That's not what I said...
Recently a headline accused me of criticising Scandinavian crime-fiction for its excessive violence. I've loved Nordic crime since I first came across it many years ago. When I was asked to choose a writer for the reference text Books to Die For I picked Henning Mankell. As a reader development officer in public libraries I ran the Inter-Crime project which aimed to find a wider audience for translated fiction. And for three years I was chair of judges of the CWA International Dagger. This is my reading passion; I believe that another culture's popular fiction helps us to understand its preoccupations. It's vicarious travel.
Most of my comments in the piece were made months ago, before the Nordicana Festival in London - that was why the focus was Scandinavia. And they were made as a reader. The blanket nature of the headline was ridiculous of course. Nordic crime-writing is as diverse as any other. My taste is for the gentler end of the genre and that won't come as any surprise to anyone who’s read my work. We write the books that we'd enjoy reading.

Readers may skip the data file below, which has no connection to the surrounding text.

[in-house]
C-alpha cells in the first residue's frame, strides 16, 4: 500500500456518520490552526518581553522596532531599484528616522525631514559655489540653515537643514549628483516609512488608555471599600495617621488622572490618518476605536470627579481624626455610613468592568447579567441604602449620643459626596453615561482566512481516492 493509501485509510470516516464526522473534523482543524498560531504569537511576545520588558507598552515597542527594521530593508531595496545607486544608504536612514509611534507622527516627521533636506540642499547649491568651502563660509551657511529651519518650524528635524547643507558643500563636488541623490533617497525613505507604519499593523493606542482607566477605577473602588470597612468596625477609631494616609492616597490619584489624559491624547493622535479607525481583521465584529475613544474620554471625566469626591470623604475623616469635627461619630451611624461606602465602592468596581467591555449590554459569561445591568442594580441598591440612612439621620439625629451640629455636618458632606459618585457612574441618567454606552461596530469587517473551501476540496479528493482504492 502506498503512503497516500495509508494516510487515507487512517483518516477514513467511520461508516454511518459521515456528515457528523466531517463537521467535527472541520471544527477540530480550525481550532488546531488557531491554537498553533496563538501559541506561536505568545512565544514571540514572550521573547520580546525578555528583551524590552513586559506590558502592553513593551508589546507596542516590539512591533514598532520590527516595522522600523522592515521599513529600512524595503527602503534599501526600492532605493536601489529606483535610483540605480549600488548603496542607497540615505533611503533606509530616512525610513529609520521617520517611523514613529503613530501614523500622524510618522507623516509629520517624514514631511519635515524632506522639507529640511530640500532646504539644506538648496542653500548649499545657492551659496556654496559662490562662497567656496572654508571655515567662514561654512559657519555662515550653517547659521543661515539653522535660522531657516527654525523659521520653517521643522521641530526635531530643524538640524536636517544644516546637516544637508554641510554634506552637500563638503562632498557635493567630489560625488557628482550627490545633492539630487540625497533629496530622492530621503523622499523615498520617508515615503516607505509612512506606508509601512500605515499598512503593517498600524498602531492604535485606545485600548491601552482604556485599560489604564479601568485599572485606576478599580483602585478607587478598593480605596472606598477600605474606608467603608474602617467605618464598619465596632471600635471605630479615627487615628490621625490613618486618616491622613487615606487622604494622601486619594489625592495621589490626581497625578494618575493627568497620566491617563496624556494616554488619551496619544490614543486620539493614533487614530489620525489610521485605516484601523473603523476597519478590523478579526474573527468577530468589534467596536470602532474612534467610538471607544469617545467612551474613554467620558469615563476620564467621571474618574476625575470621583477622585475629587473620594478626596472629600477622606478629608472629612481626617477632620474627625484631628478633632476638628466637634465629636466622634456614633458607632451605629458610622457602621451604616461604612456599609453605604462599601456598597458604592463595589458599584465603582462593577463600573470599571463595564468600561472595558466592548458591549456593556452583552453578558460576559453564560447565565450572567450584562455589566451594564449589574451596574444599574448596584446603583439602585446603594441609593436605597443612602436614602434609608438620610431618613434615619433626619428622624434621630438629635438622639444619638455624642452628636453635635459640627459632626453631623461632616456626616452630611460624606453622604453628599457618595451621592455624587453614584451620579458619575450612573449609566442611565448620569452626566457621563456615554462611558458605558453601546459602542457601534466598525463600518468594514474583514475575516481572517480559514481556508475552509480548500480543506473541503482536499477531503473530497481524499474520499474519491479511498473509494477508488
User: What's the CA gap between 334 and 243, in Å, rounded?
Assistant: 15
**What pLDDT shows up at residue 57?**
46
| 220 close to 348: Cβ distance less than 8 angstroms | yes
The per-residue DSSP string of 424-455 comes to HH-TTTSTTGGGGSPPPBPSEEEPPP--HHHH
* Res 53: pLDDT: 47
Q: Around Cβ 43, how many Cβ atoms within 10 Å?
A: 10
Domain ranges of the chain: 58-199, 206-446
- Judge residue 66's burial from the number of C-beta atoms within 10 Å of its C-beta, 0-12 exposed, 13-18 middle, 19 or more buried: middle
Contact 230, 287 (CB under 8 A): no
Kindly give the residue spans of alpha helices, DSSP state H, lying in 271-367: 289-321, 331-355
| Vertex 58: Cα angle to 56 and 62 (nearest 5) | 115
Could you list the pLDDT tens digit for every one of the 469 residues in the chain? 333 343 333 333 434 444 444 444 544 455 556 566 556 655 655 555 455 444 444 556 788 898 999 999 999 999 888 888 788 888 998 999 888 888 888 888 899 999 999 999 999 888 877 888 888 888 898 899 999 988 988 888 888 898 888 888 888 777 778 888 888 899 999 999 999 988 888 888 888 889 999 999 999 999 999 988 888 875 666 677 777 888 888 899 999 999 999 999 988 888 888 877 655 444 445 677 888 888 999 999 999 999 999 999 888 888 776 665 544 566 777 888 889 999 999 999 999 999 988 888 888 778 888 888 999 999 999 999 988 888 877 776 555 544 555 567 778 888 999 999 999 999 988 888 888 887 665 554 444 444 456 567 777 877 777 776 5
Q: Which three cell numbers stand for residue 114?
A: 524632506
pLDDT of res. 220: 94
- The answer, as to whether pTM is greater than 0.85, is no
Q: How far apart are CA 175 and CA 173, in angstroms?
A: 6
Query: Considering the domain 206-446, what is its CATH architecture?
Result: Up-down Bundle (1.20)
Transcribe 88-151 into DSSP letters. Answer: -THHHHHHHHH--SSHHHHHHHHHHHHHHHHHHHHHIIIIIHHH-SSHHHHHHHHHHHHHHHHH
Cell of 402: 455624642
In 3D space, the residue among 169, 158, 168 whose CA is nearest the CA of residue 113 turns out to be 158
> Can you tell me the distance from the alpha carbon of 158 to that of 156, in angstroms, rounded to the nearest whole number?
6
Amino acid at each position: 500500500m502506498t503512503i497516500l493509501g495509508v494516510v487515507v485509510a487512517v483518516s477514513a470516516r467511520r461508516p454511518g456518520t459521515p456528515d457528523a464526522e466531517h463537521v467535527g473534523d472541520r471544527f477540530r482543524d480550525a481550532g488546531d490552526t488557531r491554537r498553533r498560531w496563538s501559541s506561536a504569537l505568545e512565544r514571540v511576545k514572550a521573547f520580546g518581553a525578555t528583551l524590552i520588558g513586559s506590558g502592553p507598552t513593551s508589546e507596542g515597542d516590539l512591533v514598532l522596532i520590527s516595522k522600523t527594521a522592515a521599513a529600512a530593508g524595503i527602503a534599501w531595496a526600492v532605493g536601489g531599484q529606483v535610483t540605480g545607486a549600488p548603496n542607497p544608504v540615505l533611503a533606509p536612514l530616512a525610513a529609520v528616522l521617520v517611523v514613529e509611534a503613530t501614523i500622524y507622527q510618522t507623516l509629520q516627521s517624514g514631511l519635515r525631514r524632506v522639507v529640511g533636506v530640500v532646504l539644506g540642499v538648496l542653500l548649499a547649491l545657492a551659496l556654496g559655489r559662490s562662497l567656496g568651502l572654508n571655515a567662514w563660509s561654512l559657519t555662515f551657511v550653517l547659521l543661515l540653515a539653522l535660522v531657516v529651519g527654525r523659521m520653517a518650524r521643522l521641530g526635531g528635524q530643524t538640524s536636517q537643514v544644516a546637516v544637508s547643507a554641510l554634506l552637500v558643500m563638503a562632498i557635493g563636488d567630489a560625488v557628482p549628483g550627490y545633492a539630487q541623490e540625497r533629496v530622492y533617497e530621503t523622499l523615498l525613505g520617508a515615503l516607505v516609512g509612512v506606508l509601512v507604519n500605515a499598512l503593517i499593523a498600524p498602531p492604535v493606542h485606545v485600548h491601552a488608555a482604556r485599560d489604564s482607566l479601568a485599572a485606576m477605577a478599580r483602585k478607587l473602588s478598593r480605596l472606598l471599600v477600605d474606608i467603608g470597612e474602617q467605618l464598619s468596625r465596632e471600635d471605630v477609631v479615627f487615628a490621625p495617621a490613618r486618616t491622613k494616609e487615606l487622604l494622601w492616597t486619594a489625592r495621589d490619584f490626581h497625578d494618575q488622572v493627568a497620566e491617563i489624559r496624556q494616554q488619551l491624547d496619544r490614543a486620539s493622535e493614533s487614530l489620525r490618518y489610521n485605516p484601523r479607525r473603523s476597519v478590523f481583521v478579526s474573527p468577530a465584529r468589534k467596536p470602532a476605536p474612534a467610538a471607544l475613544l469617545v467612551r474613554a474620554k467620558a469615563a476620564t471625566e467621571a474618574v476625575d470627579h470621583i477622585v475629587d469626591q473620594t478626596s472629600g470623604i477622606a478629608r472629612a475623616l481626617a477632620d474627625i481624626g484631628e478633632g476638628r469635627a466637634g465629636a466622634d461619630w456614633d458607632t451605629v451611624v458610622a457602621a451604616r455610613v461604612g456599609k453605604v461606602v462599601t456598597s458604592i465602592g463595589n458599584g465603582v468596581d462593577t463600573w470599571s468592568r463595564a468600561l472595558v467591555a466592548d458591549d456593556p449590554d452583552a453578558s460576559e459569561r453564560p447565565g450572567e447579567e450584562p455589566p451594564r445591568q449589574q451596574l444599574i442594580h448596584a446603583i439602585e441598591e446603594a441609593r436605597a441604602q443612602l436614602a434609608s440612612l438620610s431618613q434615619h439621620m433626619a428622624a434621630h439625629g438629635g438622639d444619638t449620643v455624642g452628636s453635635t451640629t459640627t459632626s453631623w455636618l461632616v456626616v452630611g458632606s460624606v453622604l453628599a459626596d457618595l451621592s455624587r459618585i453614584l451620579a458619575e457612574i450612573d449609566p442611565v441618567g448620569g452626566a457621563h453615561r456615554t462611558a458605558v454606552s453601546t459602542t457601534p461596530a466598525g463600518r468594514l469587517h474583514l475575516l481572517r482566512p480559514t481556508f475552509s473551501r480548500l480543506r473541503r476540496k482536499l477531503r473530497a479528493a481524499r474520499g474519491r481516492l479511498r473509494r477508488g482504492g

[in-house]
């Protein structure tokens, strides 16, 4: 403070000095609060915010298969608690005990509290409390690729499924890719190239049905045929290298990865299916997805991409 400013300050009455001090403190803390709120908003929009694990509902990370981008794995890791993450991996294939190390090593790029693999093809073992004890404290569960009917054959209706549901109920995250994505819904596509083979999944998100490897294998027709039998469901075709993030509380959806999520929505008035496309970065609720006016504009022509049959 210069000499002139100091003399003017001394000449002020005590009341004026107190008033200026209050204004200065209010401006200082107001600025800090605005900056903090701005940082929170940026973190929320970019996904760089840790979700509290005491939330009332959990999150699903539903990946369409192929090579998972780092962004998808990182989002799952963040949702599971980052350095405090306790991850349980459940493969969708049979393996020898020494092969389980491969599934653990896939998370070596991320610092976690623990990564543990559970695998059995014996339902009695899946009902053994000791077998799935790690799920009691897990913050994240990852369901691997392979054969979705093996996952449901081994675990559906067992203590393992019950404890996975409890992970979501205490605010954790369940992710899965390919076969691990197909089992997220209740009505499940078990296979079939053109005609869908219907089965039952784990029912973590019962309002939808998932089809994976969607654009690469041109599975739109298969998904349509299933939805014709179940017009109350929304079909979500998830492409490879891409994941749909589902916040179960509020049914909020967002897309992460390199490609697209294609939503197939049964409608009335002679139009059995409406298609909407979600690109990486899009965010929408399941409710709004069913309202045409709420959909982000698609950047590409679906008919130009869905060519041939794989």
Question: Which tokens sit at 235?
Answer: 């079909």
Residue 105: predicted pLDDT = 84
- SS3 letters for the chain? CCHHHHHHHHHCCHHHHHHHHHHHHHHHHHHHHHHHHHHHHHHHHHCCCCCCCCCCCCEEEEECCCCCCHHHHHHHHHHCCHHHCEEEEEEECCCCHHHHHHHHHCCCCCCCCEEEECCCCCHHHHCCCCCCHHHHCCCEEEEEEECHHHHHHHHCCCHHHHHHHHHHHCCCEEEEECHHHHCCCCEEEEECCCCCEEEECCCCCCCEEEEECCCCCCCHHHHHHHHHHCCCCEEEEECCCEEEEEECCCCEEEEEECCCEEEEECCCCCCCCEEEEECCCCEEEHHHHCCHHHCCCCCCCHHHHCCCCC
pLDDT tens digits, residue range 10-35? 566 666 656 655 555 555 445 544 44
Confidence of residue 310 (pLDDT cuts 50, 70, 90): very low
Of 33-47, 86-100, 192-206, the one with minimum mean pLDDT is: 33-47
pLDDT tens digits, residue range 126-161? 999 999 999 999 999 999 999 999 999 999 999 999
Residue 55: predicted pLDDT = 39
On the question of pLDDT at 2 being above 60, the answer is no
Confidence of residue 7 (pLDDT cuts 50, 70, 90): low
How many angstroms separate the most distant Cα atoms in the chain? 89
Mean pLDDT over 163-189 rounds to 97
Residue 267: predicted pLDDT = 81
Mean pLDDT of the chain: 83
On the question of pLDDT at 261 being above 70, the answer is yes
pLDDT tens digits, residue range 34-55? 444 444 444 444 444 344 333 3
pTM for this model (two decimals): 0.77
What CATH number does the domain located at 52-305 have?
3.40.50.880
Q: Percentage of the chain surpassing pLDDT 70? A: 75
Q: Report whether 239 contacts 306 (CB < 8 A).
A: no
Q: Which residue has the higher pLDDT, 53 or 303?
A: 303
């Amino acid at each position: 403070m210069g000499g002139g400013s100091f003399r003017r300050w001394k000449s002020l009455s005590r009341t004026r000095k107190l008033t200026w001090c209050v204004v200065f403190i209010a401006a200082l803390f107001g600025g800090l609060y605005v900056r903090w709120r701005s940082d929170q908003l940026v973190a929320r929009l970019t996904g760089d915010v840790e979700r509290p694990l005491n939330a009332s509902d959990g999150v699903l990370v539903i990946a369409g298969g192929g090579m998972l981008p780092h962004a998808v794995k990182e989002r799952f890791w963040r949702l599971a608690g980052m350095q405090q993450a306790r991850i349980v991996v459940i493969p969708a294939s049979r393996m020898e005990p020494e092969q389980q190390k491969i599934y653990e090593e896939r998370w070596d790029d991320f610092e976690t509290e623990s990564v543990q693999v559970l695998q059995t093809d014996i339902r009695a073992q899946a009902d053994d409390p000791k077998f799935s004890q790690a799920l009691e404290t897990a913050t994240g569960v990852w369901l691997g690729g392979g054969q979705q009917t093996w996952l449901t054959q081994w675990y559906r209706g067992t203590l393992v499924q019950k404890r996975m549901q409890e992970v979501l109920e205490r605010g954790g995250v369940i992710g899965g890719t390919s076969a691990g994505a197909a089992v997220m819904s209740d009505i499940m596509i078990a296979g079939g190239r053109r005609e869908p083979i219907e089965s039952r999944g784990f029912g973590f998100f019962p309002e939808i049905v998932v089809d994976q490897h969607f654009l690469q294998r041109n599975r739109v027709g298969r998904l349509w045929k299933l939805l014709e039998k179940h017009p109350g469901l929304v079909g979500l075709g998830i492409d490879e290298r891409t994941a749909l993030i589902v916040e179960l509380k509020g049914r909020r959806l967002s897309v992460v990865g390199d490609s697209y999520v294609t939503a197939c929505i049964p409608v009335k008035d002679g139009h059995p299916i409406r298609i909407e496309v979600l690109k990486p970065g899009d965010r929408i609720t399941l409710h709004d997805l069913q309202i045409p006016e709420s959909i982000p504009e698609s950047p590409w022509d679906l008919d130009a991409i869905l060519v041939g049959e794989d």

It seems to me that UK and US violence is as extreme as anything that's come out of Scandinavia. As a reader I'm made uncomfortable by the detailed description of the mutilation and torture of women, especially when the (usually male) central character is sympathetic, is championing the rights of women and protecting the victims. It's as if having an honourable context makes pornography OK. And I dislike books in which a woman is being hurt in the first chapter, like a loss leader in a supermarket, tempting the reader in.
But this is subjective and my arguments are irrational. Lemaitre's ALEX, which I admire immensely, is horribly gruesome at the beginning of the book, and I've blurbed a novel with a first chapter that made me wince, because the writing was so good. Discussions about violence in crime-fiction are taking place in reading groups throughout the country. Perhaps it's a good thing that they're being held in the national press. I just wish that I wasn’t at the centre of the controversy.